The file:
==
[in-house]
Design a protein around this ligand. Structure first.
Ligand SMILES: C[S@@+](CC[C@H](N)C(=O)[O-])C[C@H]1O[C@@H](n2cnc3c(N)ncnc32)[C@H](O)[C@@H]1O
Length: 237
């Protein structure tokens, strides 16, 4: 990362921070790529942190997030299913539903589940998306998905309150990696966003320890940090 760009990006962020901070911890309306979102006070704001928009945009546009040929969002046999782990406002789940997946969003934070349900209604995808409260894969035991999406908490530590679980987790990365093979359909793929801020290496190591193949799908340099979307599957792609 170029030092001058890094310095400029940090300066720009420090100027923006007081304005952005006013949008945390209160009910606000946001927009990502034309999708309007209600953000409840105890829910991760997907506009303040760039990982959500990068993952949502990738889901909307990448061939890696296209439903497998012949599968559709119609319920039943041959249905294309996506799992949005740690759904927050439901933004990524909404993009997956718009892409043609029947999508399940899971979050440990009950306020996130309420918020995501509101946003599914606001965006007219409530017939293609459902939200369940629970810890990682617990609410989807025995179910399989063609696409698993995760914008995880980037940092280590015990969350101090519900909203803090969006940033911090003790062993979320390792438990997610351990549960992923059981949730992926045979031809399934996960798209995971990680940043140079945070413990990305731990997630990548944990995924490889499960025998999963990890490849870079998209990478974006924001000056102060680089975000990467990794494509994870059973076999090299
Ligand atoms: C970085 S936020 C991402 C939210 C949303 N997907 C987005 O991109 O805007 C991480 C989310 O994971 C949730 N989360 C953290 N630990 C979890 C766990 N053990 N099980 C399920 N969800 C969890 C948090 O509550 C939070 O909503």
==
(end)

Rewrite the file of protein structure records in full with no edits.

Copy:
[in-house]
Design a protein around this ligand. Structure first.
Ligand SMILES: C[S@@+](CC[C@H](N)C(=O)[O-])C[C@H]1O[C@@H](n2cnc3c(N)ncnc32)[C@H](O)[C@@H]1O
Length: 237
């Protein structure tokens, strides 16, 4: 990362921070790529942190997030299913539903589940998306998905309150990696966003320890940090 760009990006962020901070911890309306979102006070704001928009945009546009040929969002046999782990406002789940997946969003934070349900209604995808409260894969035991999406908490530590679980987790990365093979359909793929801020290496190591193949799908340099979307599957792609 170029030092001058890094310095400029940090300066720009420090100027923006007081304005952005006013949008945390209160009910606000946001927009990502034309999708309007209600953000409840105890829910991760997907506009303040760039990982959500990068993952949502990738889901909307990448061939890696296209439903497998012949599968559709119609319920039943041959249905294309996506799992949005740690759904927050439901933004990524909404993009997956718009892409043609029947999508399940899971979050440990009950306020996130309420918020995501509101946003599914606001965006007219409530017939293609459902939200369940629970810890990682617990609410989807025995179910399989063609696409698993995760914008995880980037940092280590015990969350101090519900909203803090969006940033911090003790062993979320390792438990997610351990549960992923059981949730992926045979031809399934996960798209995971990680940043140079945070413990990305731990997630990548944990995924490889499960025998999963990890490849870079998209990478974006924001000056102060680089975000990467990794494509994870059973076999090299
Ligand atoms: C970085 S936020 C991402 C939210 C949303 N997907 C987005 O991109 O805007 C991480 C989310 O994971 C949730 N989360 C953290 N630990 C979890 C766990 N053990 N099980 C399920 N969800 C969890 C948090 O509550 C939070 O909503």